On 2010-06-19, Peter Webb <webbfamily@DIESPAMDIEoptusnet.com.au> wrote: > Which of these two statements do you agree with: > > 1. You cannot form a list of computable Reals. > > 2. The computable Reals are countable.
Answering the same questions for the fourth time now, 1 is false, 2 is true.
> You have failed to explain why Cantor's diagonal proof "proves" the > Reals are uncountable, but the same proof applied to computable > Reals does *not* prove the Computable Reals are uncountable.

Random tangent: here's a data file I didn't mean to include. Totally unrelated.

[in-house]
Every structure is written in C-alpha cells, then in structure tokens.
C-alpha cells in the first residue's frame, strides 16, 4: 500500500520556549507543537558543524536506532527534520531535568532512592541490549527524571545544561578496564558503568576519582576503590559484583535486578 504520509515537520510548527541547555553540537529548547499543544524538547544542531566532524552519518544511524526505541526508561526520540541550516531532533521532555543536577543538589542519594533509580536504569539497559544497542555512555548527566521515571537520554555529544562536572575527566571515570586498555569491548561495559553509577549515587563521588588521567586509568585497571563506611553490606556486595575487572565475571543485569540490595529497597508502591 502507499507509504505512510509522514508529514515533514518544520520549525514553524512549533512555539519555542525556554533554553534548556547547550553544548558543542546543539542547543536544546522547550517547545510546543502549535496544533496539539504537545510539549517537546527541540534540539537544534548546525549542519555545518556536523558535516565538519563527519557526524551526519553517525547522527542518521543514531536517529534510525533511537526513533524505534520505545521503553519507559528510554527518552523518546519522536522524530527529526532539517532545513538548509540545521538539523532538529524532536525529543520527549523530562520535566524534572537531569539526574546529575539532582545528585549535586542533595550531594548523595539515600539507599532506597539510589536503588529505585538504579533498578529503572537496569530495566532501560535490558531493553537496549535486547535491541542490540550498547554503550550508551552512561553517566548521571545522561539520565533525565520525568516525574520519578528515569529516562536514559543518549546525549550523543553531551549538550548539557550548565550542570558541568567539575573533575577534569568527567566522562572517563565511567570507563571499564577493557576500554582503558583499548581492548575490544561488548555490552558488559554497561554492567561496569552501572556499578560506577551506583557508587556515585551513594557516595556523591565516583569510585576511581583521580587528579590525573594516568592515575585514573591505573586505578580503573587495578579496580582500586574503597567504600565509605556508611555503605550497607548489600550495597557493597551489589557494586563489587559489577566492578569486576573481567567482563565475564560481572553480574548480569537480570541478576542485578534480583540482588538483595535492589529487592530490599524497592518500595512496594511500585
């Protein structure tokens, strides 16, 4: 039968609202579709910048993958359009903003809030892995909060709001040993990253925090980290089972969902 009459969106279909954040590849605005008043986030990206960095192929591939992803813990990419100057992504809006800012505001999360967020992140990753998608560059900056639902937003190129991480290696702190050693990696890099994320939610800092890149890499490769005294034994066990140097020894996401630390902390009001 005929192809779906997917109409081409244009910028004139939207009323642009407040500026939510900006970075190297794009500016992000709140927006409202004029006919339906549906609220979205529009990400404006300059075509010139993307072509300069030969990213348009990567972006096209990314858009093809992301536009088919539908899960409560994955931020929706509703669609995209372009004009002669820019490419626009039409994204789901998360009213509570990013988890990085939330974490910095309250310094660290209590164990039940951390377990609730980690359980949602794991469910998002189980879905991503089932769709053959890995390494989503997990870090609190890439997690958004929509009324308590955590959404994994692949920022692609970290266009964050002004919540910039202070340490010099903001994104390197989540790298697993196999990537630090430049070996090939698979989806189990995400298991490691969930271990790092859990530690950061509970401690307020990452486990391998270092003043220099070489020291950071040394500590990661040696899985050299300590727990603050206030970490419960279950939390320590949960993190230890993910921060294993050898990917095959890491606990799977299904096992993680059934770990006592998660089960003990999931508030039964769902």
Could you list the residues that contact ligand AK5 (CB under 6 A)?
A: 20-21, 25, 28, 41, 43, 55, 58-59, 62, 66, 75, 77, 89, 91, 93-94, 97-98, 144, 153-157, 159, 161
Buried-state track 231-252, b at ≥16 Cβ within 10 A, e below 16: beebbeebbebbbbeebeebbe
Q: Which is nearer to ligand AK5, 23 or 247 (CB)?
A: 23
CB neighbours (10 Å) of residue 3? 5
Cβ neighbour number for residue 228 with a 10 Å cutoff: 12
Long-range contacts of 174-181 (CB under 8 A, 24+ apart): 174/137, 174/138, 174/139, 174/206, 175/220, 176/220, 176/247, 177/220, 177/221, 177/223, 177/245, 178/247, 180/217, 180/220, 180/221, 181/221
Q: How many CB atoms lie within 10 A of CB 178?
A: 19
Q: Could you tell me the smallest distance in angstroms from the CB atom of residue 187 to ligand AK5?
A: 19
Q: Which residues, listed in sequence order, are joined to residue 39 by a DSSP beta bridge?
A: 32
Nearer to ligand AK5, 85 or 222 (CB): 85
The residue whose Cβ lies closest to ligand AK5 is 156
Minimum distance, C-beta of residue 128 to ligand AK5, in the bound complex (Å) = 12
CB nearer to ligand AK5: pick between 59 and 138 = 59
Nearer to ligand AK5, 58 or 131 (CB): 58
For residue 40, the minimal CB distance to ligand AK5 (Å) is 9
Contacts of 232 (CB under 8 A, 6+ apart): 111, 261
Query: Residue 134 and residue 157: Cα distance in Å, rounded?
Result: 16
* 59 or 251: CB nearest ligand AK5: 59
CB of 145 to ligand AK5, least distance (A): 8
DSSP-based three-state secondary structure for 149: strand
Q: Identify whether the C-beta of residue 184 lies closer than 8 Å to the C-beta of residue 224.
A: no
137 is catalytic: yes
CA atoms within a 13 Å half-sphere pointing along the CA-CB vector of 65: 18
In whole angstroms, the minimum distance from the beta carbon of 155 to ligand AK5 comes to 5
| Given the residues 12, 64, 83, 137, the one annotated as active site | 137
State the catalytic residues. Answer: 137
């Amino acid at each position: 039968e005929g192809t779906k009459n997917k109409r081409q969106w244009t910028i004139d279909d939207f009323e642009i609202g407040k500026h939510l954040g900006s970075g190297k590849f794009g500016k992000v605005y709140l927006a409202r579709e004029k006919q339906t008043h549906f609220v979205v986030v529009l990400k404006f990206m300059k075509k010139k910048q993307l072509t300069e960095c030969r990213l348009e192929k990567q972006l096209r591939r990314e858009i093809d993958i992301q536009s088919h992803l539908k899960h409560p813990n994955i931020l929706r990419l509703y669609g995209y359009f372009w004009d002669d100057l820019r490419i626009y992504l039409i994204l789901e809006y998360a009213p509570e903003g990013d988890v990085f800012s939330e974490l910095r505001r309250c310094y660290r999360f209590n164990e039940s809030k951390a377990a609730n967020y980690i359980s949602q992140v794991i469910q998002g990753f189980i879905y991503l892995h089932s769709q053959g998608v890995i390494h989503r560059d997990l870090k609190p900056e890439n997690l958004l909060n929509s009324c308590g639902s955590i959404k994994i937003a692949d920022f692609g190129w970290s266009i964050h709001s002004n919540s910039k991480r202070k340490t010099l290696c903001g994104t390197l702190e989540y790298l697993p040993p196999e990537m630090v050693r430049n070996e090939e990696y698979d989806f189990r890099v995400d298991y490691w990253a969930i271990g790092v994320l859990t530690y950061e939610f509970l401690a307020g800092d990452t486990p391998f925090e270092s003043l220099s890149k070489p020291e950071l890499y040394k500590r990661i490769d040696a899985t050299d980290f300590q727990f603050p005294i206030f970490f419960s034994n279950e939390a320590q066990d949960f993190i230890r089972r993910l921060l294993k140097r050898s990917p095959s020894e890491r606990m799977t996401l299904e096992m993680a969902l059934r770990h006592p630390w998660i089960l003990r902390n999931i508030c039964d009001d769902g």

I have, multiple times now. The antidiagonal of a list of computable reals is not necessarily a computable real. Your insistence that it must be is almost certainly because you don't know what a computable real is. (There are other possibilities, even less flattering to your math skills)
In particular, the antidiagonal of a list of all computable reals is never a computable real.